ResearchPad - frontiers https://www.researchpad.co Default RSS Feed en-us © 2020 Newgen KnowledgeWorks <![CDATA[COVID‐19: A threat to educated Muslim women's negotiated identity in Pakistan]]> https://www.researchpad.co/article/elastic_article_16754 This study attempts to explore how the lockdown/containment measures taken by the government during the COVID‐19 pandemic have threatened educated Muslim women's negotiated identity regarding wifehood and motherhood in urban Pakistan and how they struggle to reposition to reconstruct it. Through semi‐structured interviews, making an in‐depth comparative study of three differently situated cases (Muslim women), this study argues that the abnormal situation that has ensued from the pandemic has reinforced the vulnerability of women's nascent negotiated identity by landing them in a space where they are supposed by the normative structures to step back to carrying out their traditional responsibilities as ‘good’ wife and mother during the crisis. It has found that the pandemic has similarity in its impacts for the women in their familial lives, despite their being variously situated and resistive, due to the general religio‐culturally defined patriarchal social behaviour of the place (Pakistan) toward women and lack of action on the part of the state for implementing its laws of women's empowerment.

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<![CDATA[The impact of COVID-19 pandemic upon stability and sequential irregularity of equity and cryptocurrency markets]]> https://www.researchpad.co/article/elastic_article_13410 We explore the evolution of the informational efficiency in 45 cryptocurrency markets and 16 international stock markets before and during COVID-19 pandemic. The measures of Largest Lyapunov Exponent (LLE) based on the Rosenstein's method and Approximate Entropy (ApEn), which are robust to small samples, are applied to price time series in order to estimate degrees of stability and irregularity in cryptocurrency and international stock markets. The amount of regularity infers on the unpredictability of fluctuations. The t-test and F-test are performed on estimated LLE and ApEn. In total, 36 statistical tests are performed to check for differences between time periods (pre- versus during COVID-19 pandemic samples) on the one hand, as well as check for differences between markets (cryptocurrencies versus stocks), on the other hand. During the COVID-19 pandemic period it was found that (a) the level of stability in cryptocurrency markets has significantly diminished while the irregularity level significantly augmented, (b) the level of stability in international equity markets has not changed but gained more irregularity, (c) cryptocurrencies became more volatile, (d) the variability in stability and irregularity in equities has not been affected, (e) cryptocurrency and stock markets exhibit a similar degree of stability in price dynamics, whilst finally (f) cryptocurrency exhibit a low level of regularity compared to international equity markets. We find that cryptos showed more instability and more irregularity during the COVID-19 pandemic compared to international stock markets. Thus, from an informational efficiency perspective, investing in digital assets during big crises as the COVID-19 pandemic, could be considered riskier as opposed to equities.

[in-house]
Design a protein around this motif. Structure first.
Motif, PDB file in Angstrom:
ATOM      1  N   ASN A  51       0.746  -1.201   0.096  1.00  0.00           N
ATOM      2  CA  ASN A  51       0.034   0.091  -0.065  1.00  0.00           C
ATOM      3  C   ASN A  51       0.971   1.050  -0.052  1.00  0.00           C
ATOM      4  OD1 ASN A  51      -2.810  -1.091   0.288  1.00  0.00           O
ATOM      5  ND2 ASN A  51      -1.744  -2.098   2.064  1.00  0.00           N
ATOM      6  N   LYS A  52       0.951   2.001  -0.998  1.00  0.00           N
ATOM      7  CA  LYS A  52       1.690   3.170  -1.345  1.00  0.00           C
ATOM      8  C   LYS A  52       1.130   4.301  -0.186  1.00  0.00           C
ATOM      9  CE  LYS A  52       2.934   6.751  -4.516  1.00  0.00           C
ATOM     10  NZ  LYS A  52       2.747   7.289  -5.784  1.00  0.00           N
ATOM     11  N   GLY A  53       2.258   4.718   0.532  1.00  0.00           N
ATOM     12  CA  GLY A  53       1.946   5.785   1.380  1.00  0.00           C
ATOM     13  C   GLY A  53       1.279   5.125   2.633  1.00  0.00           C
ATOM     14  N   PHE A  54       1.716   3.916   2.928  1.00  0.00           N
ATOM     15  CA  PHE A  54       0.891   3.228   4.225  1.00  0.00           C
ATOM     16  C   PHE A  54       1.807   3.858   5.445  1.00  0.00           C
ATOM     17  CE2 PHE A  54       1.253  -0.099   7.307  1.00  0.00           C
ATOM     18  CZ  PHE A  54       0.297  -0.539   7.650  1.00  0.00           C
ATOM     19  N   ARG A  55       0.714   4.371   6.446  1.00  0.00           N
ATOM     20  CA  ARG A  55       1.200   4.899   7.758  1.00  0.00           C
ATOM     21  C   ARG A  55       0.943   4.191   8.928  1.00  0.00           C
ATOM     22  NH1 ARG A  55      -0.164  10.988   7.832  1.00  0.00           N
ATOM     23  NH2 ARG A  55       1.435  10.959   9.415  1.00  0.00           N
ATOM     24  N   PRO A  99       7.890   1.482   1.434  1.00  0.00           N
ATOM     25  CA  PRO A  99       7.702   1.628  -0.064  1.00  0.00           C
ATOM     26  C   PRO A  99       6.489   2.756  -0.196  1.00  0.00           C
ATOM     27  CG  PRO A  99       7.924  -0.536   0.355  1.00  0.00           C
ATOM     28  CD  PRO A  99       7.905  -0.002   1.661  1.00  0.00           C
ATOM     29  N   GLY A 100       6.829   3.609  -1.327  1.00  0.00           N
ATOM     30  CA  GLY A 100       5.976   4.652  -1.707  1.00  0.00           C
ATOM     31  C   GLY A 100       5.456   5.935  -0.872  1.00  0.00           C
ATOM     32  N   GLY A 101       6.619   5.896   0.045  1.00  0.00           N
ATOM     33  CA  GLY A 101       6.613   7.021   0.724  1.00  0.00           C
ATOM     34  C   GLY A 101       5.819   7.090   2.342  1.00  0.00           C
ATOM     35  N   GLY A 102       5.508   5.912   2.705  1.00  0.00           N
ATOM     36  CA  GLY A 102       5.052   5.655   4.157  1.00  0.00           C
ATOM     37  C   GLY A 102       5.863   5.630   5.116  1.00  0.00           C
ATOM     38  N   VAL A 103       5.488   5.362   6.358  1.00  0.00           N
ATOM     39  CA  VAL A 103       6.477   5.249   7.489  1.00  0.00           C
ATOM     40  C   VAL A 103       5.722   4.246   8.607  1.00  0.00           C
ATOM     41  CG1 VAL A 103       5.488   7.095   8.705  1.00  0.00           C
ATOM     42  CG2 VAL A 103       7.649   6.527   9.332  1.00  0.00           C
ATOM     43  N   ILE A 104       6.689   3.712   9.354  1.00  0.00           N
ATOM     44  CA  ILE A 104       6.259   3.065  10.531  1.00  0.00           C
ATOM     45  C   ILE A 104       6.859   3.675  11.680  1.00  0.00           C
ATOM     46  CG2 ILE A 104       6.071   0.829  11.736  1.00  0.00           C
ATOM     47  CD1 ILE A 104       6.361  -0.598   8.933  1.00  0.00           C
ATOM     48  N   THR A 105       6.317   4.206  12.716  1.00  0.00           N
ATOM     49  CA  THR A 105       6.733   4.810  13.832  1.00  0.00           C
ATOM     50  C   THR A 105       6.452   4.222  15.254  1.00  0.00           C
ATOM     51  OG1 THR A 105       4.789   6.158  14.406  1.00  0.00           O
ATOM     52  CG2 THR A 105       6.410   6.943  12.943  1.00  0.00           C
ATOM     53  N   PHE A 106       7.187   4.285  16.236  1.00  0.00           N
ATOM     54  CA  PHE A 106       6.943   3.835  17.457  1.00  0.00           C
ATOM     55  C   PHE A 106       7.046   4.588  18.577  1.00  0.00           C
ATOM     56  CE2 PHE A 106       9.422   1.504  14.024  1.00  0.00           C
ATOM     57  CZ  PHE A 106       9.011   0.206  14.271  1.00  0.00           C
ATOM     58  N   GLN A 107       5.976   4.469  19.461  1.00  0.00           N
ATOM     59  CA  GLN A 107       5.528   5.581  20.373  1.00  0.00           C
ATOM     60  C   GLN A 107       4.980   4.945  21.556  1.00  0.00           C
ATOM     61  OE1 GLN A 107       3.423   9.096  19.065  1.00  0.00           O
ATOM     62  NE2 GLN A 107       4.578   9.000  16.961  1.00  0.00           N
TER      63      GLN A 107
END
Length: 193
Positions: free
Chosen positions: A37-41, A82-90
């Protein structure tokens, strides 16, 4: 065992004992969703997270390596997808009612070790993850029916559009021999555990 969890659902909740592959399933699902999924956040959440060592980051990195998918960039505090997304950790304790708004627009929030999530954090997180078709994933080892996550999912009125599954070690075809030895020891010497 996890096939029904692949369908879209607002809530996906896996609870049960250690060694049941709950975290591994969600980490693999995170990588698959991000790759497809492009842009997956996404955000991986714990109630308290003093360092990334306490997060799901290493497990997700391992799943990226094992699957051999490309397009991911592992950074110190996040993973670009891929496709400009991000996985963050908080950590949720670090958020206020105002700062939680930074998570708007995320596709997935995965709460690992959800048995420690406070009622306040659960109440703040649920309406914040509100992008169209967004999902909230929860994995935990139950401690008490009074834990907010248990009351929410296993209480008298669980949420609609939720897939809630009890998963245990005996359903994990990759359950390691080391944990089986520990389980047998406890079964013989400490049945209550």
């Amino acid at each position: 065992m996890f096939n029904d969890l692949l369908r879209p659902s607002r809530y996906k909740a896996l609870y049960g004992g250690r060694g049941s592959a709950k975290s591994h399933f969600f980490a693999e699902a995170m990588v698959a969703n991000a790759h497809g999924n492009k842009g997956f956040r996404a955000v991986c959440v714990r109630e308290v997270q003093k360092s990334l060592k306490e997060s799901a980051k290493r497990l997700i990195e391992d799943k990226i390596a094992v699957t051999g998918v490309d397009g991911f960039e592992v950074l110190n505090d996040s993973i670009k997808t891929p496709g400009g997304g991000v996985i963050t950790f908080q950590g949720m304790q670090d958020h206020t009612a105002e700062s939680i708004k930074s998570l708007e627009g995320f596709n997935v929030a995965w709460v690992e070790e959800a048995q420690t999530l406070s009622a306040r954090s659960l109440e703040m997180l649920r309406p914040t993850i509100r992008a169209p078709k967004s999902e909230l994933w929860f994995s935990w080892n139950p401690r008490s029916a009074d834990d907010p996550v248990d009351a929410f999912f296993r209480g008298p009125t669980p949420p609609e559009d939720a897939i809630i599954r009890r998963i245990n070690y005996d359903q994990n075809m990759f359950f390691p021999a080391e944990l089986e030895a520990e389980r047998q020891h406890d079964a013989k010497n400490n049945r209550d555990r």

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<![CDATA[Insights into the dynamics and control of COVID-19 infection rates]]> https://www.researchpad.co/article/elastic_article_13387 This work aims to model, simulate and provide insights into the dynamics and control of COVID-19 infection rates. Using an established epidemiological model augmented with a time-varying disease transmission rate allows daily model calibration using COVID-19 case data from countries around the world. This hybrid model provides predictive forecasts of the cumulative number of infected cases. It also reveals the dynamics associated with disease suppression, demonstrating the time to reduce the effective, time-dependent, reproduction number. Model simulations provide insights into the outcomes of disease suppression measures and the predicted duration of the pandemic. Visualisation of reported data provides up-to-date condition monitoring, while daily model calibration allows for a continued and updated forecast of the current state of the pandemic.

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<![CDATA[Quality &amp; Safety in the time of Coronavirus—Design Better, Learn Faster]]> https://www.researchpad.co/article/elastic_article_12273 The COVID-19 pandemic has required health systems to change much faster than normal. Many staff have experienced training in quality improvement and patient safety methods which can be used to support the design of new systems and to accelerate learning about new and adapted practices. This article sets out the principles of quality improvement and patient safety science, applying them in a selection of approaches, methods and tools which may be useful in crisis situations such as the current pandemic. The article also makes reference to several resources which may be of use to those keen to advance their knowledge.